philologist and friend of Iceland, Rasmus Rask, and the poet Bjarni
Thórarensen had done much to purify the language, but Jónas Hallgrímsson
completed their work by his poems and tales, in a purer language than
ever had been written in Iceland since the days of Snorri Sturlason. The
excesses of Icelandic poetry were specially seen in the so-called
_rímur_, ballads of heroes, &c., which were fiercely attacked by Jónas
Hallgrímsson, who at last succeeded in converting the educated to his
view. Most of the principal poems, tales and essays of Jónas
Hallgrímsson appeared in the periodical _Fjölnir_, which he began
publishing at Copenhagen in 1835, together with Konráð Gíslason, a
well-known philologist, and the patriotic Thómas Saemundsson. _Fjölnir_
had in the beginning a hard struggle against old prejudices, but as the
years went by its influence became enormous; and when it at last
ceased, its programme and spirit still lived in _Ný Félagsrit_ and other
patriotic periodicals which took its place. Jónas Hallgrímsson, who died
in 1844, is the father of a separate school in Icelandic lyric poetry.
He introduced foreign thoughts and metres, but at the same time revived
the metres of the Icelandic classical poets. Although his poetical works
are all comprised in one small volume, he strikes every string of the
old harp of Iceland.     (S. Bl.)

HALLIDAY, ANDREW [ANDREW HALLIDAY DUFF] (1830-1877), British journalist
and dramatist, was born at Marnoch, Banffshire, in 1830. He was educated
at Marischal College, Aberdeen, and in 1849 he came to London, and
discarding the name of Duff, devoted himself to literature. His first
engagement was with the daily papers, and his work having attracted the
notice of Thackeray, he was invited to write for the _Cornhill
Magazine_. From 1861 he contributed largely to _All the Year Round_, and
many of his articles were republished in collected form. He was also the
author, alone and with others, of a great number of farces, burlesques
and melodramas and a peculiarly successful adapter of popular novels for
the stage. Of these _Little Em'ly_ (1869), his adaptation of _David
Copperfield_, was warmly approved by Dickens himself, and enjoyed a long
run at Drury Lane. Halliday died in London on the 10th of April 1877.

HALLIWELL-PHILLIPPS, JAMES ORCHARD (1820-1889), English Shakespearian
scholar, son of Thomas Halliwell, was born in London, on the 21st of
June 1820. He was educated privately and at Jesus College, Cambridge. He
devoted himself to antiquarian research, particularly in early English
literature. In 1839 he edited Sir John Mandeville's _Travels_; in 1842
published an _Account of the European MSS. in the Chetham Library_,
besides a newly discovered metrical romance of the 15th century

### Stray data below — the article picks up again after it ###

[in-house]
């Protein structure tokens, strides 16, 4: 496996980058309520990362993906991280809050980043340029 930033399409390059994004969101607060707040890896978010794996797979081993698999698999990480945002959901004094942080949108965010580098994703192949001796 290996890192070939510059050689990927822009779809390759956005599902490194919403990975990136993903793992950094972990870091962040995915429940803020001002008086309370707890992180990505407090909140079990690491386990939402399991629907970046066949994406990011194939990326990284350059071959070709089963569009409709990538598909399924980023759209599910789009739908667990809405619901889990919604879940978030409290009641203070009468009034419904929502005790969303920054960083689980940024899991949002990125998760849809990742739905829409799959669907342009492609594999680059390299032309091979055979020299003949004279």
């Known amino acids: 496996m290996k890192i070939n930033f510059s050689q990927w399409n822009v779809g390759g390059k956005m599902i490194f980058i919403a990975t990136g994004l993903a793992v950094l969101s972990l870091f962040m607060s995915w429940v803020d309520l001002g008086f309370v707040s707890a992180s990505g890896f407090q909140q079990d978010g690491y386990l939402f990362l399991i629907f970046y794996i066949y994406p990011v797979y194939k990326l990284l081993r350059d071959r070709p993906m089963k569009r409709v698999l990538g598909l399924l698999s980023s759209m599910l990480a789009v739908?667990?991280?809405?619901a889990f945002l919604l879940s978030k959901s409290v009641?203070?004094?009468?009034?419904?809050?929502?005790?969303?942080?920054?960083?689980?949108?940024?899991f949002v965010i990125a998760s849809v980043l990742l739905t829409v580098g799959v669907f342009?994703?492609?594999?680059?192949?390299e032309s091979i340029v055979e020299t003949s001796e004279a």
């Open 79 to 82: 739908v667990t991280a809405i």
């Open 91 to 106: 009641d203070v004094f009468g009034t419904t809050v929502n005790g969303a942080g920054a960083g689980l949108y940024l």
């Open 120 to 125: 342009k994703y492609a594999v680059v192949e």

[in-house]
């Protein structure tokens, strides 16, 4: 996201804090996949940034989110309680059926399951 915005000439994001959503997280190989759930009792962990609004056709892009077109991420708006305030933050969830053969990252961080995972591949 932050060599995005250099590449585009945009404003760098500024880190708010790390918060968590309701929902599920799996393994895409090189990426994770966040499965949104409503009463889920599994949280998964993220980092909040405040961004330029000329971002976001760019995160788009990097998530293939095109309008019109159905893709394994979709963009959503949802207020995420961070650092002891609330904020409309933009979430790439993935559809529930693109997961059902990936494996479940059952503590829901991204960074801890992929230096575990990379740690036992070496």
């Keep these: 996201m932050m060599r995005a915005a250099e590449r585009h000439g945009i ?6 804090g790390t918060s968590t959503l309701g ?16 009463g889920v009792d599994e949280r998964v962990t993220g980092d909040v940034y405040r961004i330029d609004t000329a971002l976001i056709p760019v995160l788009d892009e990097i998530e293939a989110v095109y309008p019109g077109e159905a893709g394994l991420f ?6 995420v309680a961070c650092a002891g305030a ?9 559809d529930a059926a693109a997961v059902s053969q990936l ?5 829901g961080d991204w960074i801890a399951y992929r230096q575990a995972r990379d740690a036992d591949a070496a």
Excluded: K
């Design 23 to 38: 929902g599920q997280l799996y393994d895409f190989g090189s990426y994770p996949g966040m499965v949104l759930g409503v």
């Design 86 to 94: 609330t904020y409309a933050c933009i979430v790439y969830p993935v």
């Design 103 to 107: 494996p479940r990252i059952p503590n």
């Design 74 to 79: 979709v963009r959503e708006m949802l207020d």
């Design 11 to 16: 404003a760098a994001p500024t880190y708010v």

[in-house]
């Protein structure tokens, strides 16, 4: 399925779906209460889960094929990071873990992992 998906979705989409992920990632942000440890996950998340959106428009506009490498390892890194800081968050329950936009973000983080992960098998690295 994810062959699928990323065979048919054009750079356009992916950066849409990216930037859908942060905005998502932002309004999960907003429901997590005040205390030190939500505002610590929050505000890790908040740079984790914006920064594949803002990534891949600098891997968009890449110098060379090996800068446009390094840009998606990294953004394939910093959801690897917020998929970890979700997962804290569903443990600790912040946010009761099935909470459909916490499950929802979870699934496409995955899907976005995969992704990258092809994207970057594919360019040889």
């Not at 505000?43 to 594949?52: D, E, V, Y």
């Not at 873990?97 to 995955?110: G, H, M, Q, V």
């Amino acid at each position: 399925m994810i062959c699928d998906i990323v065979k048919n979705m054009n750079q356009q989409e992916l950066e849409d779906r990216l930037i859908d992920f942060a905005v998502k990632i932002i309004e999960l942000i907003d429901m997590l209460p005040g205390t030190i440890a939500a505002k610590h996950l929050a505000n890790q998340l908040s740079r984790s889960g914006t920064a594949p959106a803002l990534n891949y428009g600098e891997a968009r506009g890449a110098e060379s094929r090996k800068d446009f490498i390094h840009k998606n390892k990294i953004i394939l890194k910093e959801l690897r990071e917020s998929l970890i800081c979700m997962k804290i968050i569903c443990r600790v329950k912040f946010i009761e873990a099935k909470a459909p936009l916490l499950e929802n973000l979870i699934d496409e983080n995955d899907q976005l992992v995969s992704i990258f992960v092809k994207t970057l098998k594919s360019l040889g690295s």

(_Torrent of Portugal_). He became best known, however, as a
Shakespearian editor and collector. In 1848 he brought out his _Life of
Shakespeare_, which passed through several editions; in 1853-1865 a
sumptuous edition, limited to 150 copies, of Shakespeare in folio, with
full critical notes; in 1863 a _Calendar of the Records at
Stratford-on-Avon_; in 1864 a _History of New Place_. After 1870 he
entirely gave up textual criticism, and devoted his attention to
elucidating the particulars of Shakespeare's life. He collated all the
available facts and documents in relation to it, and exhausted the
information to be found in local records in his _Outlines of the Life of
Shakespeare_. He was mainly instrumental in the purchase of New Place
for the corporation of Stratford-on-Avon, and in the formation there of
the Shakespeare museum. His publications in all numbered more than sixty
volumes. He assumed the name of Phillipps in 1872, under the will of the
grandfather of his first wife, a daughter of Sir Thomas Phillipps the
antiquary. He took an active interest in the Camden Society, the Percy
Society and the Shakespeare Society, for which he edited many early
English and Elizabethan works. From 1845 Halliwell was excluded from the
library of the British Museum on account of the suspicion attaching to
his possession of some manuscripts which had been removed from the
library of Trinity College, Cambridge. He published privately an
explanation of the matter in 1845. His house, Hollingbury Copse, near
Brighton, was full of rare and curious works, and he generously gave
many of them to the Chetham library, Manchester, to the town library of
Penzance, to the Smithsonian Institute, Washington, and to the library
of Edinburgh university. He died on the 3rd of January 1889.

HALLOWE'EN, or ALL HALLOWS EVE, the name given to the 31st of October as
the vigil of Hallowmas or All Saints' Day. Though now known as little
else but the eve of the Christian festival, Hallowe'en and its formerly
attendant ceremonies long antedate Christianity. The two chief
characteristics of ancient Hallowe'en were the lighting of bonfires and
the belief that of all nights in the year this is the one during which
ghosts and witches are most likely to wander abroad. Now on or about the
1st of November the Druids held their great autumn festival and lighted
fires in honour of the Sun-god in thanksgiving for the harvest. Further,
it was a Druidic belief that on the eve of this festival Saman, lord of
death, called together the wicked souls that within the past twelve
months had been condemned to inhabit the bodies of animals. Thus it is
clear that the main celebrations of Hallowe'en were purely Druidical,
and this is further proved by the fact that in parts of Ireland the 31st